The 2.7 trillion won ($2.3 billion) joint venture for an EV battery factory with production capacity of over 30 gigawatt hours per year in Lordstown, Ohio, was clinched amid GM’s ongoing transition from combustion engine cars to electric vehicles as well as other automakers.
It is the second partnership between GM and LG in the US, following their first one in Holland, Michigan. It also marks the biggest joint venture deal among similar ones between other carmakers and battery firms.
“The new facility will help us scale production and dramatically enhance EV profitability and affordability,” said Mary Barra, chairman and CEO of GM.
The new factory is scheduled to break ground in mid-2020 and start its operations in 2021.
By 2023, GM plans to introduce a total of 20 electric models, including a battery-powered truck in the fall of 2021.
“For GM, the latest investment was based on a strategic judgement that a large-size production facility is necessary to win in the EV market with a stable battery supply,” said an LG Chem official.
|GM Chair Mary Barra (left) and LG Chem Vice Chairman Shin Hak-cheol sign a contract for an Ohio EV battery plant on Thursday. (LG Chem)|
GM’s European rivals are also making increasing investments in their EV projects.
Germany’s Volkswagen has announced a total of 78 trillion won investments in producing 75 electric models and 60 hybrid models for the next five years.
Swedish carmaker Volvo has said it will halt production of combustion engine cars next year and all of its new cars will go electrified with an aim to launch five battery-run models by 2021.
BMW and Mercedes-Benz both are planning to spend tens of billions of euros on EV development and production, too.
As the automakers accelerate their shift from combustion engine cars to electric models, the EV battery market is forecast to witness a rapid growth.
According to a report by Samjong KPMG, around 12 million electric vehicles are expected to be sold worldwide by 2025, up from 1.98 million units last year.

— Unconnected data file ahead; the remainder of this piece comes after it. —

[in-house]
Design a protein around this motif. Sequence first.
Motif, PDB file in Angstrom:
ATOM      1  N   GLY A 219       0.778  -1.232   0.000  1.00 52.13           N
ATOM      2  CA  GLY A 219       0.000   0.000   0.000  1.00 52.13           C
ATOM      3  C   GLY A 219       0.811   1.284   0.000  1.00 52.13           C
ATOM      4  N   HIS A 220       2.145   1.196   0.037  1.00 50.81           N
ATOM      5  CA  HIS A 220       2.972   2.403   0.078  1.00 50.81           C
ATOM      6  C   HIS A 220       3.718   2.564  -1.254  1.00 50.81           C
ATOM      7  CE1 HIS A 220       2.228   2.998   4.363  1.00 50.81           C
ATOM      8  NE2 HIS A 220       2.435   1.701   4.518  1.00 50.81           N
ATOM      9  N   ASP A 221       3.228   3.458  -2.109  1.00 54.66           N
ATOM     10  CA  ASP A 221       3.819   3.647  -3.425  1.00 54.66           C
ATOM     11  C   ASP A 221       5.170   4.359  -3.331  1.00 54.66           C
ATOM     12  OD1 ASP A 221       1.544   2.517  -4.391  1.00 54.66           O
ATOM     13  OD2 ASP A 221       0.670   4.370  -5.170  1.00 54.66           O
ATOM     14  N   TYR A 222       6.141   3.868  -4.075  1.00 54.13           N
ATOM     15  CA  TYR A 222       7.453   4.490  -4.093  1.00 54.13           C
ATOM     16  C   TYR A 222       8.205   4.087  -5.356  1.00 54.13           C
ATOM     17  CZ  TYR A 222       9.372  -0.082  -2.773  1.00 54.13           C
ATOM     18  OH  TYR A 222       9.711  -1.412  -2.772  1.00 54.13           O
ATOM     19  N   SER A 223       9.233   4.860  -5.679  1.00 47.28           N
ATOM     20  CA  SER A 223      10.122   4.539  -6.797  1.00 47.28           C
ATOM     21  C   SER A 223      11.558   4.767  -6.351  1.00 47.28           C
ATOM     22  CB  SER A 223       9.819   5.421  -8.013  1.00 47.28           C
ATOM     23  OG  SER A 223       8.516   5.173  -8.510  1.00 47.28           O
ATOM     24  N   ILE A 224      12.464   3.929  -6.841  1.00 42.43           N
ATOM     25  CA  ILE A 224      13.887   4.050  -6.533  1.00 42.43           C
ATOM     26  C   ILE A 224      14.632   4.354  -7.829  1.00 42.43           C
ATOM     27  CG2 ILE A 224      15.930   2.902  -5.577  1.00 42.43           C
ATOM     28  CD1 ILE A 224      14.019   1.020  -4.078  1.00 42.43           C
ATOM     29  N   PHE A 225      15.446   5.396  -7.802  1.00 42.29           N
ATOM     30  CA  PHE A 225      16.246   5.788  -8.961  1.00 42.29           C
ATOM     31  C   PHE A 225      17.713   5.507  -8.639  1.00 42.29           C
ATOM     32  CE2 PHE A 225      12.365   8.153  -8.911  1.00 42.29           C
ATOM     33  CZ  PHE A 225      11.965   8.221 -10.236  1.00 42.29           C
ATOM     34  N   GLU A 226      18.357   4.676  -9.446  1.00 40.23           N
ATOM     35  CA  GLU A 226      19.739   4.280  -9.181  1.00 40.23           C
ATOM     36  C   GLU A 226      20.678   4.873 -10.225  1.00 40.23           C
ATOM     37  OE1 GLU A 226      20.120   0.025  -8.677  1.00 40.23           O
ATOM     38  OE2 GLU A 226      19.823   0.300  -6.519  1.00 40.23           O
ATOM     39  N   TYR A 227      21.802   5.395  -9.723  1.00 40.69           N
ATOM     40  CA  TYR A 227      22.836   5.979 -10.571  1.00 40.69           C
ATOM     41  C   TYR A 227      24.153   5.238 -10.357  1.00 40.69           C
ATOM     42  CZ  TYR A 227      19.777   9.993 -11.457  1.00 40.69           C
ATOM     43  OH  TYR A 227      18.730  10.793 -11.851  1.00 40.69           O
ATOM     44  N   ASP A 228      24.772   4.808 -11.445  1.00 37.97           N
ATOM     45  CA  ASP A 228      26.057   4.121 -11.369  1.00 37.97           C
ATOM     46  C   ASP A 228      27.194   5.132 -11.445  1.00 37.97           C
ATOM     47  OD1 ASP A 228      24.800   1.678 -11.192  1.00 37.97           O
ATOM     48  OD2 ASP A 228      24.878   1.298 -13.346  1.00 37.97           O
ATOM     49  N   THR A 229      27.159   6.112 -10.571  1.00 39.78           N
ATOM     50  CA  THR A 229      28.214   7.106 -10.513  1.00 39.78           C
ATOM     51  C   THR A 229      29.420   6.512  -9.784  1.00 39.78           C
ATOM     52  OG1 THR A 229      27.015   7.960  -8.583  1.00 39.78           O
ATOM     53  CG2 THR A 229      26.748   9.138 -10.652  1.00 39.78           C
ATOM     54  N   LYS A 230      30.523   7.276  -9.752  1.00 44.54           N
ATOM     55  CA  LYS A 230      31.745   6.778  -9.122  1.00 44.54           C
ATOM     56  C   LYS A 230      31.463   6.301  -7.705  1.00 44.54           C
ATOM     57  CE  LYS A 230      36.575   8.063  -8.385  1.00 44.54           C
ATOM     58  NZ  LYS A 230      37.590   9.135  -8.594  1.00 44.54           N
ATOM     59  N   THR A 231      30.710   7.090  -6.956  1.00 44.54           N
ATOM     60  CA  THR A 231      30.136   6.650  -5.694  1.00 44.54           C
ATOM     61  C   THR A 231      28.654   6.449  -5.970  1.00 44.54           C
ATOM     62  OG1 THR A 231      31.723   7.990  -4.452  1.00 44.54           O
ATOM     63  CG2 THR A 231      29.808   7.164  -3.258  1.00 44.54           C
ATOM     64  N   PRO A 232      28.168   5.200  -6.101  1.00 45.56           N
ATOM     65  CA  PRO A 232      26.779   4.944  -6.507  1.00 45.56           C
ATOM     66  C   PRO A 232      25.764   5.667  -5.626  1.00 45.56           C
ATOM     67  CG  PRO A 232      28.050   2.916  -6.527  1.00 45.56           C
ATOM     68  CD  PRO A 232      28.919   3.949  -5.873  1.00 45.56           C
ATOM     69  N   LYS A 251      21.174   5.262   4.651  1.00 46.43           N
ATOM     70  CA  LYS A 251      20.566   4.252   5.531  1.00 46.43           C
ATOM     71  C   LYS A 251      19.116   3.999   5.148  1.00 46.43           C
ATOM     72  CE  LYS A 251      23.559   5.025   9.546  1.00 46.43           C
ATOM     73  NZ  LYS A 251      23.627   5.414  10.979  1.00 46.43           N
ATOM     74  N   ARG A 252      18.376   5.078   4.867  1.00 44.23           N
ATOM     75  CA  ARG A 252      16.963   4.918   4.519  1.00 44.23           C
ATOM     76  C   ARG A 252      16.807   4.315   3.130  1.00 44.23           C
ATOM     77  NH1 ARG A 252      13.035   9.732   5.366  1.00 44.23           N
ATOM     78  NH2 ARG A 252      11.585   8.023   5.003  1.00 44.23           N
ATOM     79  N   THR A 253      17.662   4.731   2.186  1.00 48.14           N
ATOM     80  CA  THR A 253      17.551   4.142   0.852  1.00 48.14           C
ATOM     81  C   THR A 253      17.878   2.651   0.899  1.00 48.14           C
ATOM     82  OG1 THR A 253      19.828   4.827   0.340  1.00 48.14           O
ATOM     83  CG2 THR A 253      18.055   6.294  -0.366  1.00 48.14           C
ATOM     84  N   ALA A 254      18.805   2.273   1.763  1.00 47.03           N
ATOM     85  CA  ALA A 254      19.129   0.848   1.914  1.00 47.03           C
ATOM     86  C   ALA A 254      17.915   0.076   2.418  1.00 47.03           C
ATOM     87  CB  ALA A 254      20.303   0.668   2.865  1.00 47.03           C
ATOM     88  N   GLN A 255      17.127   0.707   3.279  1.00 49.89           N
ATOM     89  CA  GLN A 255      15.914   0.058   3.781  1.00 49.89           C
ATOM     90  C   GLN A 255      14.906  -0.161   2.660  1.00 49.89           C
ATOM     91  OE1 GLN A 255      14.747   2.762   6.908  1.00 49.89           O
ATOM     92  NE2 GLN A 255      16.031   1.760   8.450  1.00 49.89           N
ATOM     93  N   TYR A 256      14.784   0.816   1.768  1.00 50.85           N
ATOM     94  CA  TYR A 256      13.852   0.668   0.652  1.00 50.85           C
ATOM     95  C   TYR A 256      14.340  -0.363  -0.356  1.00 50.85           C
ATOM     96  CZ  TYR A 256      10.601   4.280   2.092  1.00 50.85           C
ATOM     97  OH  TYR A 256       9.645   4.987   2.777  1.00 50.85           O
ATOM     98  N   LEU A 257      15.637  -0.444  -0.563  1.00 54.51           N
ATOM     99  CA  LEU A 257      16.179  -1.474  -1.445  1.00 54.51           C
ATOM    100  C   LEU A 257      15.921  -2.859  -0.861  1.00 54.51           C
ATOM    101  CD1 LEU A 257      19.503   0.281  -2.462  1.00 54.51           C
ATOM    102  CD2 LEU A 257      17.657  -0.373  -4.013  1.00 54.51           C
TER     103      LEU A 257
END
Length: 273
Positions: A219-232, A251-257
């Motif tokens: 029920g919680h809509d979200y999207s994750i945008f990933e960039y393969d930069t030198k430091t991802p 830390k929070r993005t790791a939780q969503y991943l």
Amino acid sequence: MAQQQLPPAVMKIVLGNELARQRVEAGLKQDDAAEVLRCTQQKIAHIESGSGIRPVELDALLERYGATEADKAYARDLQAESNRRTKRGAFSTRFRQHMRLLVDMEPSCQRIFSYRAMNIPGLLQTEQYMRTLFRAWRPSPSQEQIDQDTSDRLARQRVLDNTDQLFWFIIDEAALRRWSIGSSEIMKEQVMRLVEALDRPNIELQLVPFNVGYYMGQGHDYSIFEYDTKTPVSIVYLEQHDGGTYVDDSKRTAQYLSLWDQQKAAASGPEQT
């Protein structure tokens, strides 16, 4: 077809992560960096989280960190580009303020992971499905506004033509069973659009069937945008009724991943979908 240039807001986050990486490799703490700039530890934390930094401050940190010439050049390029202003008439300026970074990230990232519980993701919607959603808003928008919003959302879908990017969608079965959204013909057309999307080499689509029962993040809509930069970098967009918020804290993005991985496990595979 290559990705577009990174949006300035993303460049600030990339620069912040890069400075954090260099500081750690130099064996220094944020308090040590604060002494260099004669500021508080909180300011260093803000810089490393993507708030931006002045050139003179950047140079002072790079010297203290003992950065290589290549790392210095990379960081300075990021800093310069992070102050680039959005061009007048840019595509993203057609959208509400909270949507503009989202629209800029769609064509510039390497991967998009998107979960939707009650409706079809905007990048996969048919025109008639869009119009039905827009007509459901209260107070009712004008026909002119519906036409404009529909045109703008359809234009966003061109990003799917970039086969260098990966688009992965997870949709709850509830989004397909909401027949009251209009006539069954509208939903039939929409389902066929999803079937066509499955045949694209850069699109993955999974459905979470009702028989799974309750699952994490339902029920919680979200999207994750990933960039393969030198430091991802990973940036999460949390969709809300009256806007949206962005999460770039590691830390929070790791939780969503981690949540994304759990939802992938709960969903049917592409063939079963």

In line with the EV market growth, the large-size lithium-ion battery market is estimated to grow from 15.1 trillion won in value last year to 95.8 trillion won by 2023, cited a report by Mirae Asset Daewoo Securities.
For the past one year, the EV battery market grew approximately 60 percent to 25 trillion won.
According to IHS Markit, the EV battery market could even outpace the growth of the memory chip market. In 2025, the memory chip market is estimated to value 169 trillion won, while the battery market is to be around 182 trillion won.
Despite the aggressive investments, the supply of EV batteries could be constrained, market watchers say.
“As battery demand is estimated to surge to 916 GWh by 2023, surpassing an expected supply of 776 GWh, the supply shortage would have automakers engaged in a fiercer race to secure batteries,” an analyst at SNE Research said.
Due to that possibility, automakers are increasingly teaming up with battery firms or preparing to develop batteries on their own.
LG Chem and GM have worked together on batteries for 10 years. The Korean company supplies cells for the Chevrolet Bolt, and the two companies are looking to seize market leadership with the new battery factory.
LG is currently capable of supplying 70 GWh of battery cells a year as it is running five plants worldwide.
By 2020, the Korean company’s annual production capacity will expand to 100 GWh.
“Based on this strategic partnership we grew even closer together and today marks another milestone in General Motors-LG Chem relationship,” said LG Chem Vice Chairman and CEO Shin Hak-cheol.
“The joint venture that we are signing today is more than just a mere collaboration. It marks the beginning of a great journey that will create an emission-free society and transform the global automotive market into an eco-friendly era,” he said.
LG Chem started developing lithium-ion batteries in 1995 and succeeded in commercializing and establishing a mass production system for them in 1998. The company introduced the world’s first light electric vehicle battery in 2004.
By Song Su-hyun (firstname.lastname@example.org)